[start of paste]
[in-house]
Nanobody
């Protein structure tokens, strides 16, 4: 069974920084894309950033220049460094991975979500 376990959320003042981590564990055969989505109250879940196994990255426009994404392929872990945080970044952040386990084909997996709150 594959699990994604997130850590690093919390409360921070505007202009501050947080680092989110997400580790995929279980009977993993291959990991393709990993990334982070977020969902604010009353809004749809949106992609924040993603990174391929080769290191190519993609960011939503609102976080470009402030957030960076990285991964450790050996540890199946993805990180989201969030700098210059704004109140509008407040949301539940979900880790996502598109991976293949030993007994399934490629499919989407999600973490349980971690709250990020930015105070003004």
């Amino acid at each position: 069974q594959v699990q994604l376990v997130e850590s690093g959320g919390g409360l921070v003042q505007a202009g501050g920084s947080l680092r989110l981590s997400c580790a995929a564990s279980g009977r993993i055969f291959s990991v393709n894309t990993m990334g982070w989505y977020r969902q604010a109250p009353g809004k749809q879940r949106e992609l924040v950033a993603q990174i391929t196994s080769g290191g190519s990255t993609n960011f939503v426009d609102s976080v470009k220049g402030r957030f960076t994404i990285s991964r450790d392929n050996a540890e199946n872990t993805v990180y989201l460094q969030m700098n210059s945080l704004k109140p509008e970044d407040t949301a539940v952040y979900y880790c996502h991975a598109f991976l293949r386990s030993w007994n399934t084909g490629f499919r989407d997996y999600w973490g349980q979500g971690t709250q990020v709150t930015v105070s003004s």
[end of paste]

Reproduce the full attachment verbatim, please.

[in-house]
Nanobody
């Protein structure tokens, strides 16, 4: 069974920084894309950033220049460094991975979500 376990959320003042981590564990055969989505109250879940196994990255426009994404392929872990945080970044952040386990084909997996709150 594959699990994604997130850590690093919390409360921070505007202009501050947080680092989110997400580790995929279980009977993993291959990991393709990993990334982070977020969902604010009353809004749809949106992609924040993603990174391929080769290191190519993609960011939503609102976080470009402030957030960076990285991964450790050996540890199946993805990180989201969030700098210059704004109140509008407040949301539940979900880790996502598109991976293949030993007994399934490629499919989407999600973490349980971690709250990020930015105070003004």
């Amino acid at each position: 069974q594959v699990q994604l376990v997130e850590s690093g959320g919390g409360l921070v003042q505007a202009g501050g920084s947080l680092r989110l981590s997400c580790a995929a564990s279980g009977r993993i055969f291959s990991v393709n894309t990993m990334g982070w989505y977020r969902q604010a109250p009353g809004k749809q879940r949106e992609l924040v950033a993603q990174i391929t196994s080769g290191g190519s990255t993609n960011f939503v426009d609102s976080v470009k220049g402030r957030f960076t994404i990285s991964r450790d392929n050996a540890e199946n872990t993805v990180y989201l460094q969030m700098n210059s945080l704004k109140p509008e970044d407040t949301a539940v952040y979900y880790c996502h991975a598109f991976l293949r386990s030993w007994n399934t084909g490629f499919r989407d997996y999600w973490g349980q979500g971690t709250q990020v709150t930015v105070s003004s």